#GE2017: proxy vote for #indyref2

Nicola Sturgeon may have called for a second Scottish referendum with public opinion polls clearly against any rerun but one smart intention of her March announcement was to position the SNP to fight a snap 2017 general election on a manifesto to seek a further mandate for partitioning the United Kingdom.

Not too long ago the SNP campaigned under the pretence that a majority of Scottish seats at Westminster would be justification enough to declare a Unilateral Declaration of Independence for Scotland.

These days we settle such issues by binary referendums and the SNP will now campaign on a manifesto seeking that further mandate for a second plebiscite on  independence. To achieve this it will set itself a target of winning a majority of Scotland’s 59 Westminster seats and, as it already holds 56 of these, it is highly likely it will succeed.

But it could lose several seats. The Scottish Conservatives are polling at 28% and their campaign will be focused on their opposition to another referendum.

The latest polls have put support for independence at minus 12 and minus 14 points. Recent polling also showed 4 out of 10 Scots are 100% opposed to leaving the UK. This is not auspicious territory to be running an electoral campaign on an #indyref2 manifesto.

Sturgeon’s misjudged call for a second referendum has not gone down well with voters and if the silent Unionist majority is looking for a chance to administer electoral justice then this is their chance. Sturgeon’s honeymoon period is long over and she has betrayed the trust that many non-independence supporters had in her by reneging on her commitment to respect the 2014 result.

The Scottish Conservatives gained seven first-past-the-post constituencies at the 2016 Holyrood elections and finished second in a number of others. The Borders and the North East could see the largest Tory gains in June.

If the Conservatives can coalesce unionist support under their banner for one day of voting they could produce the biggest surprise of the night. If they manage to deny the SNP a majority of Scottish seats it would be a resounding defeat for Sturgeon and would set back the course of independence. This outcome, however, is unlikely.

Leavers left aside

Another important election factor is the contingent of a million Scottish Leave voters, who despite being on the winning side  have felt like losers ever since due to the SNP’s attempts to use Brexit to drag Scotland out of the UK and back into the EU. With a mere seven MSPs out of 129 voting to leave the EU and all 59 MPs voting Remain, Leave voters are perhaps the most under-represented constituency in Scotland.

With the SNP in 2015 and the Lib Dems in recent by-elections we have seen how the losing side in referendums are more motivated to vote at subsequent elections. Therefore, pro-Brexit campaigns in key constituencies with strong Leave votes could be highly fruitful. The North East of Scotland in particular is susceptible to such a campaign. Angus Robertson’s Moray constituency registered 49% Leave support, Aberdeenshire 45%, Aberdeen City 40% and Angus 45%.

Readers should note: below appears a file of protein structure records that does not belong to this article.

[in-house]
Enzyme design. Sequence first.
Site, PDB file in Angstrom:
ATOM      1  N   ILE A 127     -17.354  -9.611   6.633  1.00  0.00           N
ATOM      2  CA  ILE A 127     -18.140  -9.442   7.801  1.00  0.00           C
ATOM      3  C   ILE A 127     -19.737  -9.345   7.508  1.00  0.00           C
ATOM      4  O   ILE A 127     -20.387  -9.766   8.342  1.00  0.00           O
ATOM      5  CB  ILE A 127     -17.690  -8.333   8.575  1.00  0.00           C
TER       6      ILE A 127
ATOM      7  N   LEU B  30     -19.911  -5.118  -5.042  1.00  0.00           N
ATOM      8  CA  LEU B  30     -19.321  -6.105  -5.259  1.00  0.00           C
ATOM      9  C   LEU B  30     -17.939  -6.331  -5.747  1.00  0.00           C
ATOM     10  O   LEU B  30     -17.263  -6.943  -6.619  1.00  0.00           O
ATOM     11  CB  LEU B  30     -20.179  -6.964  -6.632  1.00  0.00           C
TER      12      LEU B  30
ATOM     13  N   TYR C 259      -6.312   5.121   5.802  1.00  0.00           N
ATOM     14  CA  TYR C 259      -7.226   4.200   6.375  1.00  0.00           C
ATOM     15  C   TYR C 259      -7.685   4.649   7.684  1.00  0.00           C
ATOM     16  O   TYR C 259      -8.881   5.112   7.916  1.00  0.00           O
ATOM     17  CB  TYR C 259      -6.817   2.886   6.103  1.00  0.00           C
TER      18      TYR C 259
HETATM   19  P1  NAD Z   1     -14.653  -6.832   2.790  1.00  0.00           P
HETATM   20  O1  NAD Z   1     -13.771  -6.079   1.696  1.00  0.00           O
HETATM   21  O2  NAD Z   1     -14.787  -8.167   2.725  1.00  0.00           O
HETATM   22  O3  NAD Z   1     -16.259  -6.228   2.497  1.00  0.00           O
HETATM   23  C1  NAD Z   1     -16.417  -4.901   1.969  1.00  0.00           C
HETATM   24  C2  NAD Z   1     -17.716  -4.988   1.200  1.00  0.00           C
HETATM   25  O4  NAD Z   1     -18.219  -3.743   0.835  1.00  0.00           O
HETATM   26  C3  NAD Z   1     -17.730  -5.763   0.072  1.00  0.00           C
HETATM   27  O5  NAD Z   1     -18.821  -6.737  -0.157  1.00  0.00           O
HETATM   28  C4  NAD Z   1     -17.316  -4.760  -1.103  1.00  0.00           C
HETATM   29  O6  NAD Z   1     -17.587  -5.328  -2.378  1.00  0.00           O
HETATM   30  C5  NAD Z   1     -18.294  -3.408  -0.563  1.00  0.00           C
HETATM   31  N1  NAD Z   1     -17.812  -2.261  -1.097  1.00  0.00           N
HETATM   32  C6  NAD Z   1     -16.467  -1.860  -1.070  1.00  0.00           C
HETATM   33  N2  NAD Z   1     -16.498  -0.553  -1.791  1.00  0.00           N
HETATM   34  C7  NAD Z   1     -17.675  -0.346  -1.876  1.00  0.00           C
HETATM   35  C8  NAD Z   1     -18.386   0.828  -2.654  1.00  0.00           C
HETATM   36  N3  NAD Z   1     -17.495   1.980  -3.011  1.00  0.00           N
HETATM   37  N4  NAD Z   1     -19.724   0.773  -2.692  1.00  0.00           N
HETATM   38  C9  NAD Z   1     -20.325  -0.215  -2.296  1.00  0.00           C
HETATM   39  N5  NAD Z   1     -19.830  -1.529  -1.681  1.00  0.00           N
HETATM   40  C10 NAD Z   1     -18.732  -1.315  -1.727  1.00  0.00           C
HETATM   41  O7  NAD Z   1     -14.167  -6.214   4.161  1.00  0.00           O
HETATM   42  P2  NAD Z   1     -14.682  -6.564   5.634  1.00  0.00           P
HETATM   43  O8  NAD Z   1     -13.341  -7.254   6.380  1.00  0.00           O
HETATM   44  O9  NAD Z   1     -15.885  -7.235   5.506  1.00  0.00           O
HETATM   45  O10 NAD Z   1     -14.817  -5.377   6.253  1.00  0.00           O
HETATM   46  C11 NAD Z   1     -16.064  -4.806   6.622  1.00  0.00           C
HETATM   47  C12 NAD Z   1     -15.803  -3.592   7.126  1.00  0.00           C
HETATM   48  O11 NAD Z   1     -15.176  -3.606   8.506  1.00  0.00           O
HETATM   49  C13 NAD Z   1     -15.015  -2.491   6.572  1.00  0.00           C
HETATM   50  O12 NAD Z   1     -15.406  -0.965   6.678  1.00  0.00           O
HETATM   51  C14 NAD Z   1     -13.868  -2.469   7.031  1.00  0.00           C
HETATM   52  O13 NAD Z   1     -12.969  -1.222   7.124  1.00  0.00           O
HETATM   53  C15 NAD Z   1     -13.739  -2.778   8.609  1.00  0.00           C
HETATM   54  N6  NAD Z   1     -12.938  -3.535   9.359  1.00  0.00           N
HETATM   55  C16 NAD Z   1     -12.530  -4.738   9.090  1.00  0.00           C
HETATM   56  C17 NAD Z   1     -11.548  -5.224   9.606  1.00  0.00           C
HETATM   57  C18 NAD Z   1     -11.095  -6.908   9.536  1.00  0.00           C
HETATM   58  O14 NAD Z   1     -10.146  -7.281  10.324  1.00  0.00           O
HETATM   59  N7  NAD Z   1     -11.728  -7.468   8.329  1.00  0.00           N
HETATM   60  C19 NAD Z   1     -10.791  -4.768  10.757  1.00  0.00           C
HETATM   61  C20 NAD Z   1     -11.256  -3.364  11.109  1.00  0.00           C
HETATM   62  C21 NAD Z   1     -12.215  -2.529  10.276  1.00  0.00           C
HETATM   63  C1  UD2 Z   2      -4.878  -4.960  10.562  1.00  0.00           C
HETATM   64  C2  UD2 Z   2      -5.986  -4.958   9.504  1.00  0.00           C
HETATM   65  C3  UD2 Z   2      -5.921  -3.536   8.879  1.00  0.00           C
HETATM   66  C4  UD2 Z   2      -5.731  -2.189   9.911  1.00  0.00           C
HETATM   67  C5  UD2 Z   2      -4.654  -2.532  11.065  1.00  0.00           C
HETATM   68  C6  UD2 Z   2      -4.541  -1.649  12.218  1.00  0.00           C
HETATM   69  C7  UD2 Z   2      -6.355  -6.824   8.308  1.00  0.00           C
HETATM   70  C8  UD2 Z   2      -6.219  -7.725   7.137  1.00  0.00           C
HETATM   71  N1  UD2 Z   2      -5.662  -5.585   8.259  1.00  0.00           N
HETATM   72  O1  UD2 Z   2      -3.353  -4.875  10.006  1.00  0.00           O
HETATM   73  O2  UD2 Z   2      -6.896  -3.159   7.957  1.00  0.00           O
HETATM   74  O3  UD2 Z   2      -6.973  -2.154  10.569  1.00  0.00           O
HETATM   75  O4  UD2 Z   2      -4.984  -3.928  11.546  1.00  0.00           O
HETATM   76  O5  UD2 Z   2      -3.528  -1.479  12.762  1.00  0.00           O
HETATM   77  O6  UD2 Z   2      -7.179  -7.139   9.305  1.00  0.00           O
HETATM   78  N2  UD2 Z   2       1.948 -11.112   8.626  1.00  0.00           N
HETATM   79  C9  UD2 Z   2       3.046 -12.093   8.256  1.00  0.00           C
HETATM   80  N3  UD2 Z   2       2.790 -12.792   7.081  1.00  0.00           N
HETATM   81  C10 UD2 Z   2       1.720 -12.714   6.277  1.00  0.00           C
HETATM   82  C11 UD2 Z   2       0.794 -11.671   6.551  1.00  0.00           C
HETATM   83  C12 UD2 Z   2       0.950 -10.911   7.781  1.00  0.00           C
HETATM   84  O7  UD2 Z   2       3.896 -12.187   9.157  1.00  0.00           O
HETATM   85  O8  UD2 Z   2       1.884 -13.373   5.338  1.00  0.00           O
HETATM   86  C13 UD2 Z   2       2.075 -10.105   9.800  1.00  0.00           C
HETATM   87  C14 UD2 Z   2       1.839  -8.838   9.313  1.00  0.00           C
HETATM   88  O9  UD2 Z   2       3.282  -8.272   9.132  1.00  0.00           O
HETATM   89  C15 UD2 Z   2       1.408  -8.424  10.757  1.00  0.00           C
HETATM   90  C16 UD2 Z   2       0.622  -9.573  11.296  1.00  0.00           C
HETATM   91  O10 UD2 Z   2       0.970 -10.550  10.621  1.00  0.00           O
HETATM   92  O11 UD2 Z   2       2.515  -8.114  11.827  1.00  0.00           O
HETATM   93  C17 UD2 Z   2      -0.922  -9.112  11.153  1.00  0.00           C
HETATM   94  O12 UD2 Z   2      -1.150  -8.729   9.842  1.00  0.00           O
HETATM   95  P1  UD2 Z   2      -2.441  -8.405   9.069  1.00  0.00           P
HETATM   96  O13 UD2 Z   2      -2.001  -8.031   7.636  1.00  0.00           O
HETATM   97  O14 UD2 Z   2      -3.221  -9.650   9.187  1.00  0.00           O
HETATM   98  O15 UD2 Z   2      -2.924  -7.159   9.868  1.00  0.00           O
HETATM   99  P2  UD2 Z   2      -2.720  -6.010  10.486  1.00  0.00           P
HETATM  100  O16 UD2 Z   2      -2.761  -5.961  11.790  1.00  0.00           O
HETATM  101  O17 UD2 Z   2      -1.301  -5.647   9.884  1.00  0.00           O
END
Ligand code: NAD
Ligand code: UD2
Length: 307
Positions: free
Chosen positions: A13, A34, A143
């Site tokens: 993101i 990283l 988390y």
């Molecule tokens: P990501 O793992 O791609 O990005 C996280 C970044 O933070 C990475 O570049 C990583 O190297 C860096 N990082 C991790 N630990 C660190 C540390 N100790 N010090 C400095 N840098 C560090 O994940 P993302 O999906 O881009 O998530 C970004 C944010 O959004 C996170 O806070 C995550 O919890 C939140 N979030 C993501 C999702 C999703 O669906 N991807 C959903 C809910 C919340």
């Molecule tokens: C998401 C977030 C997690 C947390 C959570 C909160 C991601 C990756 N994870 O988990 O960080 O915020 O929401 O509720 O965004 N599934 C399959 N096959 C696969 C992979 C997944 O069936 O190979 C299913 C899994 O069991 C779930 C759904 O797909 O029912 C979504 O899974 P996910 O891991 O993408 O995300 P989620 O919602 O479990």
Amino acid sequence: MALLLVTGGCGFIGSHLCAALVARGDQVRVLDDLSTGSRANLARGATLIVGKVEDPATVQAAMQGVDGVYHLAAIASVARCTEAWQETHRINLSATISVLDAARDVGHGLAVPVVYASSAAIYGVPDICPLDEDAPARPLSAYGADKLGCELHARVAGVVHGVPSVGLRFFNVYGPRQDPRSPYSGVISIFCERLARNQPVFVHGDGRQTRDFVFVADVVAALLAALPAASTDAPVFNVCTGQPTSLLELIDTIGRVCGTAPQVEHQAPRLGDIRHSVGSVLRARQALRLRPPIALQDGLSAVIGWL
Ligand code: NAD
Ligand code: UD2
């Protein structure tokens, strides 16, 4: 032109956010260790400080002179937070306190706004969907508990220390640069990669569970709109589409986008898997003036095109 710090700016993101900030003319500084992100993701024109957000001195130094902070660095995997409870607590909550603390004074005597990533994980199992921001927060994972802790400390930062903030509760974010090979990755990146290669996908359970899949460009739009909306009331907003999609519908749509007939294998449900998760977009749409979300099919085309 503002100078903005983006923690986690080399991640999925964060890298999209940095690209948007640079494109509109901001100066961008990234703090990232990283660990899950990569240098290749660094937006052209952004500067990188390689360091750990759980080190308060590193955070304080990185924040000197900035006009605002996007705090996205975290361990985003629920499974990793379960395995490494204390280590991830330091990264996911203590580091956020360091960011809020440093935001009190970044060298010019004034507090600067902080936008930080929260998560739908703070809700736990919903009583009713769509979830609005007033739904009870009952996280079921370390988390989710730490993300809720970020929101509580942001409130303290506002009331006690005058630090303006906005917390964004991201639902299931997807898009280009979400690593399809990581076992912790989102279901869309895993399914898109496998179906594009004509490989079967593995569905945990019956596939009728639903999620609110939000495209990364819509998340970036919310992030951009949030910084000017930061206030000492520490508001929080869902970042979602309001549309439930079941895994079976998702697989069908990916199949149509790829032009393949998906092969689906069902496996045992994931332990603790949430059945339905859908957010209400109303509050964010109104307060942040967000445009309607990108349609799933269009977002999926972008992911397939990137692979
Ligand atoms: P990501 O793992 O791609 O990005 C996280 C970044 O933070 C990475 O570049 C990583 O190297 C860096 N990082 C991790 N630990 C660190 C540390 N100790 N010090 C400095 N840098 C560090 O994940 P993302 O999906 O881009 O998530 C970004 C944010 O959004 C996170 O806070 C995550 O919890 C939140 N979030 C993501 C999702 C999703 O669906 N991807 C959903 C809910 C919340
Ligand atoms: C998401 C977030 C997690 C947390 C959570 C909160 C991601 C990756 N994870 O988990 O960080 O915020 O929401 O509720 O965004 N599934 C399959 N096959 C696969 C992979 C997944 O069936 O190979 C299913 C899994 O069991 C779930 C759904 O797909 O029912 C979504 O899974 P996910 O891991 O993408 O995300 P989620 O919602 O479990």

Only a minority of Scottish Leavers voted Conservative in 2015, and 400,000 of them voted SNP. Many of these voters have found themselves so alienated by the SNP’s subsequent Europhile posturing that they have abandoned their backing for independence. Their support is ripe for the taking and a campaign aimed at delivering on key Brexit issues like control over fishing and agriculture could reap dividends for the Conservatives.

If the Conservatives take ten seats and gain 30% of the vote they will consider this a victory. The Liberals may pick up a few of their old seats as well. Labour is set for its worst election result of all time in Scotland and across the UK. Post-Brexit, UKIP is finished nationwide and won’t trouble any Scottish constituency in June.

Any Tory gains may well not be enough  to stop the SNP using the return of over 30 MPs to further its agitation for a second referendum. But the party’s high command would not be filled with confidence at seeing its battalion of MPs substantially reduced and its total vote decreasing.

What kind of indy?

The SNP will also have to flesh out the essentials of any prospectus for independence over the next six weeks and this is where it could fall flat. Will there be a brand new currency established? Or will Scotland join the Euro? What are the consequences of EU membership or will Scotland join the EEA before seeking to join the EU at a distant point in future? The probable lack of any such plans will not instil confidence in sceptics about SNP plans to save Scotland from the supposed chaos of a hard Tory Brexit.

However, May could be considering this election as a chance to take the wind out of the SNP before the inevitable second referendum. More Scottish Tory MPs would stall the SNP’s momentum.

Overall, a pre-Brexit referendum is highly unlikely and the SNP could lose the next Scottish elections in 2020 and with them any chance of a mandate to enter into referendum negotiations with the UK government. After all the precedent is now established that the Scottish Parliament is where such interests are pursued, not in Westminster elections.

Further, if another Scottish referendum is due to re-occur, expect a time when May, after having scoped out the electoral territory and positioned her forces ready for a full campaign, calls an urgent press conference and announces a snap referendum at a time when she feels her chances are strongest and the SNP’s are weakest. If another Scottish referendum happens it will be at the time of May’s choosing, not Sturgeon’s.

This is an edited version of a post on the author’s own site

 

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